The end of financial year is upon us again (yep sneaks up doesn’t it!). Are you ready? Have you considered what you can do to maximise your opportunities at this time of the year? There are many ways to take advantage of tax planning initiatives to manage taxable income.
We thought it would be timely to give you some things to think about.
$30,000 instant asset write off
The threshold for the instant asset write-off has been extended to 30 June 2020, and increased to $30,000.
It is also now accessible to small businesses with a turnover of $10 million to less than $50 million. Businesses with a turnover of up to $10 million can also claim a deduction for each individual asset purchased and first used or installed ready for use, up to the following:
$30,000 (from 2 April 2019 – 30 Jun 2020)
$25,000 (from 29 January – 2 April 2019)
$20,000 before 29 January
Just to clarify, this government initiative gives you an opportunity to reduce your taxable income by $20,000 - $30,000, not give you a tax refund of this amount.
If you need to upgrade or purchase new equipment or vehicles etc for your business, do it before 30 June!
Contributions to your superannuation must be received by your super fund within this financial year in order for them to be counted in the 2018/2019 financial year.
The key thing to remember here is that the key date is not when you make the contribution, but when it is received by your superannuation fund.
Don’t leave your contribution until 27 or 28 June this year as 30 June is a Sunday. If it isn’t received by your fund until the Monday then it won’t be counted as falling in this financial year.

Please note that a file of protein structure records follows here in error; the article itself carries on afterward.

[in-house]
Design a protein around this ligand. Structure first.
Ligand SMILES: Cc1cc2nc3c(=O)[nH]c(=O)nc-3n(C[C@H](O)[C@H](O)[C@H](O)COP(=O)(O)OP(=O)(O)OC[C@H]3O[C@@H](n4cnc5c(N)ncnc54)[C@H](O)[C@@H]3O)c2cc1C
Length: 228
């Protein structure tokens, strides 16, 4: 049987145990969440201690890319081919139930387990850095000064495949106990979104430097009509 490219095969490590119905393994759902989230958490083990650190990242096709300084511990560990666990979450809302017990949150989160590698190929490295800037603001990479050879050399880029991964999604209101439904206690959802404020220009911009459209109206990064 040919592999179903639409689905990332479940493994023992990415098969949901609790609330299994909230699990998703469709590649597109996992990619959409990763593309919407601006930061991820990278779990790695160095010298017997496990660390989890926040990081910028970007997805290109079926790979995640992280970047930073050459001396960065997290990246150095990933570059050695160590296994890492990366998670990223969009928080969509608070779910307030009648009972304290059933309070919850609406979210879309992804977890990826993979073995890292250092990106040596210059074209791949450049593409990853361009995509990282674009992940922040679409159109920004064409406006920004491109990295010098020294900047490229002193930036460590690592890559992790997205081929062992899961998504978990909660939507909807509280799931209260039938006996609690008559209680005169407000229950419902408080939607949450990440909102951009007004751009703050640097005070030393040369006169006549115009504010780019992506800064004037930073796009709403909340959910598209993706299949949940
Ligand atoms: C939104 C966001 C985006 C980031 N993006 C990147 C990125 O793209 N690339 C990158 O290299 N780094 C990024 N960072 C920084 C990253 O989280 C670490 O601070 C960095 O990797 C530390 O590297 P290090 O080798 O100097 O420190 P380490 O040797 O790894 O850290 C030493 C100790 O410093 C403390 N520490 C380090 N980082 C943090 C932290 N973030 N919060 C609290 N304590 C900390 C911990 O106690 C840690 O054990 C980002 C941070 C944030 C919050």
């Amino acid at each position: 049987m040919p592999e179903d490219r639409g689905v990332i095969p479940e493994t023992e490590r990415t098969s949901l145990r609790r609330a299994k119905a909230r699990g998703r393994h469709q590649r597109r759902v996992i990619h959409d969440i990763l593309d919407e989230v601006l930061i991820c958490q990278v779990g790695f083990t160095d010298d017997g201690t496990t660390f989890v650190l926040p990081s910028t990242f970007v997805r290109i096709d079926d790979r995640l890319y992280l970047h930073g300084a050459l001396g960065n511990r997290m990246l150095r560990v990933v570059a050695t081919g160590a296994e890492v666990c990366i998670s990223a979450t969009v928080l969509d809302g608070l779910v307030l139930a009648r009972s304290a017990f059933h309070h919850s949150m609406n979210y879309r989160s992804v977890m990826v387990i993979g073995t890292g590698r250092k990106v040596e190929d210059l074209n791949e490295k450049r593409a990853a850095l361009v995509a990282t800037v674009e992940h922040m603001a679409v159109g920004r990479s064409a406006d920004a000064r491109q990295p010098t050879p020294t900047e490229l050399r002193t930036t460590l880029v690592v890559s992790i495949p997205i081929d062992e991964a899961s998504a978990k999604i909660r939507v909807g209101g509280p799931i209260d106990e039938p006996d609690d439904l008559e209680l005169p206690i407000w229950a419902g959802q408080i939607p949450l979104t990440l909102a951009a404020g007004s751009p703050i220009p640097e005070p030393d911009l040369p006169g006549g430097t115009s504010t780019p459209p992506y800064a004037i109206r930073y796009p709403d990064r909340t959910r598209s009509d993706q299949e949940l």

You will also need to consider your superannuation contribution limits.
There are annual caps on how much you can contribute, so be sure to monitor your contributions across all your super policies. If you do go over your contribution caps you may be required to pay extra tax. Get in touch if you’re unsure what the caps are and if they affect you.
Deferring assessable income
The income you receive before services are provided is generally not assessed until the services have been provided. If you’re providing professional services you may want to think about rendering accounts after 30 June to defer the income to next financial year. Always check with your clients before doing this!
Business Tax Payers….
Take time to review all your outstanding debts before the end of the financial year and identify those who may not be able to pay their bills.
Check out if deductions are available on the disposal of a depreciating asset if you have stopped using it and never plan to use it again.
There are many other considerations for planning for the end of financial year, such as
Tax planning for companies
Consideration of trusts and review of trust deed
Tax changes for small businesses
Capital gains and negative gearing
Fringe benefits tax changes
Prepaying interest for tax deductibility
Please keep in mind though, that if you are planning to borrow money or refinance in the near future, lowering your taxable income may work against you.
With so many issues to consider, if you have questions around your end of financial year tax planning please get in touch and we can help you work on the best strategy for you.